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Aged Care – stopping the abuse of our seniors

Aged Care is a hot topic full of contention at the moment and understandably so. The images we have recently seen of elderly abuse is both confronting and abhorrent.

To be trusted with the care of anyone is a privilege and showing lack of empathy and care is a blatant disregard for the position a carer holds.

It is little wonder that many of us worry about the prospect of what we do with our ageing parents should the time come that they require full time care. The enquiry into nursing homes is long overdue and needs to ensure there are measures in place to minimise if not eliminate the abuse of some of the most vulnerable in our society.

I understand that carers can become tired and frustrated and have things going on in their own lives that can push them over the edge – but that is no excuse – there must be zero tolerance on this behaviour – because to accept excuses starts you on a slippery slope when a one-off incident can quickly escalate into regular and systematic abuse if the abuser is not caught and dealt with quickly.

For the most part, I do not believe that all nursing homes or care facilities are terrible places. Many of them do outstanding work with caring, compassionate staff who love their jobs. And it is often the best place for an elderly patient with high dependency needs, especially when the time comes that they can no longer be cared for in their own home.

The problem with any kind of abuse wherever it occurs – is usually done behind closed doors and away from prying eyes and on people who cannot complain or who may be suffering dementia or a brain injury, so getting to the truth, even if they do report it, may be challenging.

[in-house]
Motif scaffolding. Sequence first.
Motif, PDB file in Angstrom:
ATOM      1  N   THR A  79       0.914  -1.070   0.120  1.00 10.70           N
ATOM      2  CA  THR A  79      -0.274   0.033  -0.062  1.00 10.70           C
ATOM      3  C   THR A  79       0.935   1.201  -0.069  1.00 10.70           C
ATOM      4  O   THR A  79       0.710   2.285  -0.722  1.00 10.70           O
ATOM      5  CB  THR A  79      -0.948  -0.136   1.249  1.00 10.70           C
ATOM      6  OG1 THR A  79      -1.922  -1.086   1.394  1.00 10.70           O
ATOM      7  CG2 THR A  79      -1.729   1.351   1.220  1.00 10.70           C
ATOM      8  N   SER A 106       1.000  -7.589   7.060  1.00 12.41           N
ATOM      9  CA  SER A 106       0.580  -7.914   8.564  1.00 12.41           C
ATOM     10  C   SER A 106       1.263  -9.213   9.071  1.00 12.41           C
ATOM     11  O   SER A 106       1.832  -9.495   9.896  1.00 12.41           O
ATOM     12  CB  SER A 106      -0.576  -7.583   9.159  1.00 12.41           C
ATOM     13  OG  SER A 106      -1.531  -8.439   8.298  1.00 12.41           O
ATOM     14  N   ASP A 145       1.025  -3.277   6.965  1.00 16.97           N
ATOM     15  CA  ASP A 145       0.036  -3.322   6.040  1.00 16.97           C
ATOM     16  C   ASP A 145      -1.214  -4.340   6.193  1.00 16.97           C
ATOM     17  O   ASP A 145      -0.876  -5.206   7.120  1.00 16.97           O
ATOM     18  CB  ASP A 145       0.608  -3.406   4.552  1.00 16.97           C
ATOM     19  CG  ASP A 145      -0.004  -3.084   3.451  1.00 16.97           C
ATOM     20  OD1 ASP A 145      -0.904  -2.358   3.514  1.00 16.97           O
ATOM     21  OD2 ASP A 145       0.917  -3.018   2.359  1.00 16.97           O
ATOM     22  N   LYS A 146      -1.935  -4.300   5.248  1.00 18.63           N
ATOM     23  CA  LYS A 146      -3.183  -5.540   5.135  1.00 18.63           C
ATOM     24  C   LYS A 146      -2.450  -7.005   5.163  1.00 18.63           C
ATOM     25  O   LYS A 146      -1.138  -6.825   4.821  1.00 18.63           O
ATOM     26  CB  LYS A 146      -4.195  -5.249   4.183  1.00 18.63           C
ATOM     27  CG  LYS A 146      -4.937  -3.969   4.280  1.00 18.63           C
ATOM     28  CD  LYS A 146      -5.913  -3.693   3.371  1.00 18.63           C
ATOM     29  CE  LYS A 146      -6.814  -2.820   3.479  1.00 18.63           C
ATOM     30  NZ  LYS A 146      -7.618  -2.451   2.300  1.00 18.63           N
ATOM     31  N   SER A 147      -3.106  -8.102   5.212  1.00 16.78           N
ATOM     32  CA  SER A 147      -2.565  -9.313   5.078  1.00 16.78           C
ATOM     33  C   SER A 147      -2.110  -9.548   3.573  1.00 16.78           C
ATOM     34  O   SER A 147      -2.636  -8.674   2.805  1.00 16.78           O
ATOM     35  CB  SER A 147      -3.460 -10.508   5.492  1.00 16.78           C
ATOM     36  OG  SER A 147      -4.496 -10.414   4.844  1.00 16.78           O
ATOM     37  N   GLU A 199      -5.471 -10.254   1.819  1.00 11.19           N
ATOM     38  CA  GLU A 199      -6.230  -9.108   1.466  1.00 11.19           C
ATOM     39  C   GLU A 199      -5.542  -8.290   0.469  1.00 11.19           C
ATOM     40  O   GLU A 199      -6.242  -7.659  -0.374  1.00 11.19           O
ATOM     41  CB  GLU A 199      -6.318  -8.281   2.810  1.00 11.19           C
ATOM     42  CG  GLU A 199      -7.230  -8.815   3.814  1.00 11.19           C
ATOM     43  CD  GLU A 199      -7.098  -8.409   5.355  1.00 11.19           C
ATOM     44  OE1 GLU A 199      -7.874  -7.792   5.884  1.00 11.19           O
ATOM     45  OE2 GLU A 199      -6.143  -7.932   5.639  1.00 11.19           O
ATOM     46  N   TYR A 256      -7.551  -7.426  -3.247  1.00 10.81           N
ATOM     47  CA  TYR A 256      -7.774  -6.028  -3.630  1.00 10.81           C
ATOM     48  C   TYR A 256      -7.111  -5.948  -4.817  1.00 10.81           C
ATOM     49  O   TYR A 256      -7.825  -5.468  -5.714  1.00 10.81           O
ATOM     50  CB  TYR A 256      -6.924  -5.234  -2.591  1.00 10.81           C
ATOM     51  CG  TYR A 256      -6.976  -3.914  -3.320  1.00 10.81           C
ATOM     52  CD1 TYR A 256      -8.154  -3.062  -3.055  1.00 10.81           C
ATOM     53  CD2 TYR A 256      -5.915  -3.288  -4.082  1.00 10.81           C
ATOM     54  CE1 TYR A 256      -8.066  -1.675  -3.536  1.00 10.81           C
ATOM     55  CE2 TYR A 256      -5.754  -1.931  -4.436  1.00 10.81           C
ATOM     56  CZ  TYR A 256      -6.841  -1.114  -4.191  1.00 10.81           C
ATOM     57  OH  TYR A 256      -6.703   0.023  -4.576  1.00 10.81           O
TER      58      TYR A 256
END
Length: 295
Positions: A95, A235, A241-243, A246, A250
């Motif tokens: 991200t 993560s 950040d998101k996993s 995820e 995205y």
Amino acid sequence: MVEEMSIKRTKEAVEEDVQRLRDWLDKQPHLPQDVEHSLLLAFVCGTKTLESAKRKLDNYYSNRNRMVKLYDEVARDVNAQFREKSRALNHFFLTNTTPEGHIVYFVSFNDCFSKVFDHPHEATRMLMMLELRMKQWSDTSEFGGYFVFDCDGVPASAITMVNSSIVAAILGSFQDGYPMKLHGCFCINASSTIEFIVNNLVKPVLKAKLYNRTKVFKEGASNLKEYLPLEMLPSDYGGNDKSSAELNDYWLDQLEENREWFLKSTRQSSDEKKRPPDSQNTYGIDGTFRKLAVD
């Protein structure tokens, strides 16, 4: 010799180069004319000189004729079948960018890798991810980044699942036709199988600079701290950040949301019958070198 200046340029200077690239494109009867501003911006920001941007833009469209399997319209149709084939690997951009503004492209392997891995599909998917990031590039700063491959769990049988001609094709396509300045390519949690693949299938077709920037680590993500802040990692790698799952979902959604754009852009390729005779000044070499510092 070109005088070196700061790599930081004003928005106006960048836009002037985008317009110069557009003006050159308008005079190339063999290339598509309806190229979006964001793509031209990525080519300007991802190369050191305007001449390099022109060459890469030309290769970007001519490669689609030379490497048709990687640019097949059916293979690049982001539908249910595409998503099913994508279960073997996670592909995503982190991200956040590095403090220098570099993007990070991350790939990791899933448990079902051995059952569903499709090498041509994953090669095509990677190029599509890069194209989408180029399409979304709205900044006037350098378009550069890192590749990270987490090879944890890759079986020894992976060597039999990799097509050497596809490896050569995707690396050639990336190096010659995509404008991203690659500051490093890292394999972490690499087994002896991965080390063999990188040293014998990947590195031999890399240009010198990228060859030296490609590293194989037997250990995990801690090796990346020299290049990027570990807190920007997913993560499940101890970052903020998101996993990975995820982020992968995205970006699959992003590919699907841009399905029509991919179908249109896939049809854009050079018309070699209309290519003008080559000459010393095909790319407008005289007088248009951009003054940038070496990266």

However, that doesn’t mean a complaint should not be investigated or brushed aside – protecting those who have no voice is what we expect of anyone in a position of trust.

It surprises me that many people fail to realise there are options available prior to the point being reached at which a decision is made to enter a loved one into a nursing home. ‘In home’ care services can bridge the gap and provide some respite to family members who wish to keep a parent at home for as long as it is possible.

‘In-home’ care services can provide a wide variety of services from simple food preparation to accompanying the person to do their shopping or taking them to doctors appointments. The support can be as little or as much as is required and provides reassurance to family members that a person is happy in their own home and being checked on when they cannot be there.

This doesn’t mean that abuse cannot happen with ‘in-home’ care providers, and as employers, we have a duty of care to our clients to ensure all staff are thoroughly checked, trained and overseen or a regular basis to minimise the risk of any behaviour that is not acceptable.

Caring for the elderly and the disabled is much more than a job. For those who are passionate about making a positive difference in the lives of others, it is often a life calling. We need to ensure we train, educate and remunerate the amazing staff who take on this role day after day caring for those who could easily be our own parents and weed out those who would do harm.

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